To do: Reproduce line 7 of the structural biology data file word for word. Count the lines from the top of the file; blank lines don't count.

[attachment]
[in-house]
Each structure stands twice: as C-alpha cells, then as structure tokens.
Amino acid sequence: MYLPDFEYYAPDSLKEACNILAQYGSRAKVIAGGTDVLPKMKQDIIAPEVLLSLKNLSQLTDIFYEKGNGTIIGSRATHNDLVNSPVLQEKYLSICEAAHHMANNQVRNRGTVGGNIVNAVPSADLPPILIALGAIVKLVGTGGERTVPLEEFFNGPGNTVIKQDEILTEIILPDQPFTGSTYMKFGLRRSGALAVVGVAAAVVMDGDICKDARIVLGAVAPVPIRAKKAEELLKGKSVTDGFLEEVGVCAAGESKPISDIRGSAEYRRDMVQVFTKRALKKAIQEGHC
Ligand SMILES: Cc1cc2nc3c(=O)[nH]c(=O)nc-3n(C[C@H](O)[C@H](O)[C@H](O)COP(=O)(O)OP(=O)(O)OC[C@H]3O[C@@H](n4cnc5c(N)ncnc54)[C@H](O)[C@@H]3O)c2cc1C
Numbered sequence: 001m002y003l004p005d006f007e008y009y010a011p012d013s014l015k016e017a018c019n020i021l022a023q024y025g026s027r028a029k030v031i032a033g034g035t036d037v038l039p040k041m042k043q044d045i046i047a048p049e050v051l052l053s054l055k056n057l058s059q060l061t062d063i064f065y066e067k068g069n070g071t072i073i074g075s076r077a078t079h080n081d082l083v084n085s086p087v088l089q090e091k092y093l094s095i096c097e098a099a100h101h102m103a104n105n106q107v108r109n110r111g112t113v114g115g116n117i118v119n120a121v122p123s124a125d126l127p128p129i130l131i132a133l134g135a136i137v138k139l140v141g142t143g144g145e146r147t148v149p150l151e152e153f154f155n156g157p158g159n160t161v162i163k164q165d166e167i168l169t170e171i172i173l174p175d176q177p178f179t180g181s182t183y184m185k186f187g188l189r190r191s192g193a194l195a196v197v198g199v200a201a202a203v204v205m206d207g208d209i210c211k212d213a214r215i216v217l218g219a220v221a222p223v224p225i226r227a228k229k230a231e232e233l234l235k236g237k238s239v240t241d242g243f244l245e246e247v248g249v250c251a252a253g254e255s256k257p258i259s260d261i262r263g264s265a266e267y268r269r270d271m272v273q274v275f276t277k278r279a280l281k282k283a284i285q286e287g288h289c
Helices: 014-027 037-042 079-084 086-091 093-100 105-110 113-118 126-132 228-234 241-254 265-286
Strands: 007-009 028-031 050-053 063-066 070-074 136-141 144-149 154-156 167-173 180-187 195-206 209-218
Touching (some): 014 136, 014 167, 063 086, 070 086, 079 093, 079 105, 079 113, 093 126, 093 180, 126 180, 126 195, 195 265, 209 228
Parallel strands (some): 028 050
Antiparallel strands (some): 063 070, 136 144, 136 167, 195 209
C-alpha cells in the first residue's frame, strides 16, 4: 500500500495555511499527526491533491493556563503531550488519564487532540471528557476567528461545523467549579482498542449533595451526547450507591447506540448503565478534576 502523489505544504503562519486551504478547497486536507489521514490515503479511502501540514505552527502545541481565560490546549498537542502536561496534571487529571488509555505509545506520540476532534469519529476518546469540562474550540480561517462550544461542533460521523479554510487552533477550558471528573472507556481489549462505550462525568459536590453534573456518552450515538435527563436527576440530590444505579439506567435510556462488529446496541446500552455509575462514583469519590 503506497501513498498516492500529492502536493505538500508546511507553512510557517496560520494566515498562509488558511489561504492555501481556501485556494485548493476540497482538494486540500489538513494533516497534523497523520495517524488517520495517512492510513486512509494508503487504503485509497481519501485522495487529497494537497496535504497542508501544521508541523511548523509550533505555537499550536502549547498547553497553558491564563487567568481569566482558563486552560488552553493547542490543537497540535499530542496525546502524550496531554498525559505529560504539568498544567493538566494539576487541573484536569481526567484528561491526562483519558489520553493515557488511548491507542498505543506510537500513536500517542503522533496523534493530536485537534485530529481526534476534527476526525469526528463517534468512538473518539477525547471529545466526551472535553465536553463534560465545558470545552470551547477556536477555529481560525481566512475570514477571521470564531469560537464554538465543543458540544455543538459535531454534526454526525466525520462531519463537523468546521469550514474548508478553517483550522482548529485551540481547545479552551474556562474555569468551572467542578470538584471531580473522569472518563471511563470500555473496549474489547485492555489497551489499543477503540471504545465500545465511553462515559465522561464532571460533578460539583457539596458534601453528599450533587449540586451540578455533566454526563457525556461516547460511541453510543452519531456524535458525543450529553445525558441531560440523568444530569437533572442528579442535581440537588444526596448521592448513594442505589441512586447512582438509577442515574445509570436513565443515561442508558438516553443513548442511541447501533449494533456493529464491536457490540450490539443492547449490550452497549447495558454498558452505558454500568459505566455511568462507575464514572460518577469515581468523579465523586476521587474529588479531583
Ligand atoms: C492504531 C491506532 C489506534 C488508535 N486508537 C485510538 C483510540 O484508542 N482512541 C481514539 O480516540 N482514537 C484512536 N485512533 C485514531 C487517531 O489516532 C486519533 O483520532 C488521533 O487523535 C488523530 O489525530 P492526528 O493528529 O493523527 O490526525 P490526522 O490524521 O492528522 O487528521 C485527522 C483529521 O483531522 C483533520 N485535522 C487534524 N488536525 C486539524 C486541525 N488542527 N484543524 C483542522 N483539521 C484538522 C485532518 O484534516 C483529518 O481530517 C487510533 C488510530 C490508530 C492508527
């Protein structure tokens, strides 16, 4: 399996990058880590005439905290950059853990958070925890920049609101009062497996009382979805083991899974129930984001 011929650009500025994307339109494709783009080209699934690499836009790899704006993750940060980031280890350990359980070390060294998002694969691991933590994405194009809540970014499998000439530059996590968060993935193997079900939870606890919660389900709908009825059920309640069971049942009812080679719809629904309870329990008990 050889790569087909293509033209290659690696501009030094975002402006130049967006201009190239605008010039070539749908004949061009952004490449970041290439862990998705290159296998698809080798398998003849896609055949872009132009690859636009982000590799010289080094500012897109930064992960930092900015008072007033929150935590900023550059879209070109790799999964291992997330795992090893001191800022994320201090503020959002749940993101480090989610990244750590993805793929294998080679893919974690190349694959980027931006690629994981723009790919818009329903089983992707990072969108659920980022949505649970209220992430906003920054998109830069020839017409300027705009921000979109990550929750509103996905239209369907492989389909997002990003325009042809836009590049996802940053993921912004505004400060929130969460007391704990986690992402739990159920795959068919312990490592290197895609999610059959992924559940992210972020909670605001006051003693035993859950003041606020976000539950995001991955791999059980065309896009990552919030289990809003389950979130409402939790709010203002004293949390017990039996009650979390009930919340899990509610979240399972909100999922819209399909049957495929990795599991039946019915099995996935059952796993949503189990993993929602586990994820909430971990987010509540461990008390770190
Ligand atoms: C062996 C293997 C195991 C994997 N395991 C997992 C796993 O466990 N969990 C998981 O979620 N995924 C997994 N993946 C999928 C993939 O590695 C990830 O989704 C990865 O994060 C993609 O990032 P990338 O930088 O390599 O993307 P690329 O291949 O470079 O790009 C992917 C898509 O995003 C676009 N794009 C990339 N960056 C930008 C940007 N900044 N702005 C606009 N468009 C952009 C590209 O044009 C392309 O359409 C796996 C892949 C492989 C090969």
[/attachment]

Strands: 007-009 028-031 050-053 063-066 070-074 136-141 144-149 154-156 167-173 180-187 195-206 209-218